Captain Peabody was apoplectic. Having spent most of the temporary rate hike on boat repairs and wage increases, he now faced a loss. He responded by threatening to shut down the ferry system completely, which won him few friends.

The public had already been through one shutdown, and didn’t want to scramble through another. Some commuters looked into starting ferry systems of their own, and others pressed for the creation of floating bridges across Puget Sound. Civic groups appealed to Governor Mon C. Wallgren to step in and create a state-run system to provide competition against what they perceived as a monopoly. Some people felt that the state should just buy out the ferry company and run it as a public utility.

Affairs of State

Wallgren was facing re-election and reluctant to take any precipitous action, but Peabody forced the issue. He tied up his boats in February, 1948, stranding thousands of commuters. Ten days later Peabody arranged lopsided agreements with Puget Sound county governments to resume service, with Black Ball taking all the money and the counties taking all the risks. Local officials didn’t like it but they had little choice given the urgency of the situation.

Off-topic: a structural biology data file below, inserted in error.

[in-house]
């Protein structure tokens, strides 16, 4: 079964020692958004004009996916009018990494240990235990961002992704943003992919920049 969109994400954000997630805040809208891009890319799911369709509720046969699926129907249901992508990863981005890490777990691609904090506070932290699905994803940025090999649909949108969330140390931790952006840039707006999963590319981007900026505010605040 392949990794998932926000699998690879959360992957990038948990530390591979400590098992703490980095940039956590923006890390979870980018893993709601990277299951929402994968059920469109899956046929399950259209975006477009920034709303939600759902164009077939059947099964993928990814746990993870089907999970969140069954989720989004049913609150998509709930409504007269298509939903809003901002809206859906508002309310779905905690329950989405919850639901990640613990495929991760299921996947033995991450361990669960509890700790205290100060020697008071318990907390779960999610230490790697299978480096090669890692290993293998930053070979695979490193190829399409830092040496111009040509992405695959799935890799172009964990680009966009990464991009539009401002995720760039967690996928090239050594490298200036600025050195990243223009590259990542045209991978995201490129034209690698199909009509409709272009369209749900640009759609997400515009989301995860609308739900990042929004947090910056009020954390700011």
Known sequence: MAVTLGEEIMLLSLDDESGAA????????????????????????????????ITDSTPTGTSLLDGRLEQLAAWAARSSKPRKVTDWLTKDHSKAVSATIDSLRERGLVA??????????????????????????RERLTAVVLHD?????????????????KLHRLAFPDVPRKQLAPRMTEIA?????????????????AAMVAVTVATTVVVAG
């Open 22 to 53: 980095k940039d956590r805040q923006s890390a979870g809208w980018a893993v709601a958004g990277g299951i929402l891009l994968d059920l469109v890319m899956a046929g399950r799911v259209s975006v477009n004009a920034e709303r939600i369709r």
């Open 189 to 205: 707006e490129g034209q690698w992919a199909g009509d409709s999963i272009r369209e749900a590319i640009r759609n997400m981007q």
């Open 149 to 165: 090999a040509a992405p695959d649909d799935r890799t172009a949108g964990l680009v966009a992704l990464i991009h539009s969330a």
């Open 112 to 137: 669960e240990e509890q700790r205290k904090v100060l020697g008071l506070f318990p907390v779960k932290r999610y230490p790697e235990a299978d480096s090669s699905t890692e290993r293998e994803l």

This time it was the public’s turn to be outraged. Commuters were tired of being held hostage and of paying their own ransom, and many wished the government would launch its own ferry system. Even those who didn’t like the thought of a government-run ferry system felt that it was a necessary short-term fix until numerous planned bridges could be built across Puget Sound, negating the need for ferries altogether.

With this mounting support, Governor Wallgren moved to develop a state ferry system under the Washington State Toll Bridge Authority. Little good it did him, as he lost the 1948 election to Republican Arthur Langlie, a firm believer in free enterprise, but no friend of Captain Peabody’s. Throughout his campaign, Langlie had stressed that it was Peabody who had pushed the state into one vulnerable position after another.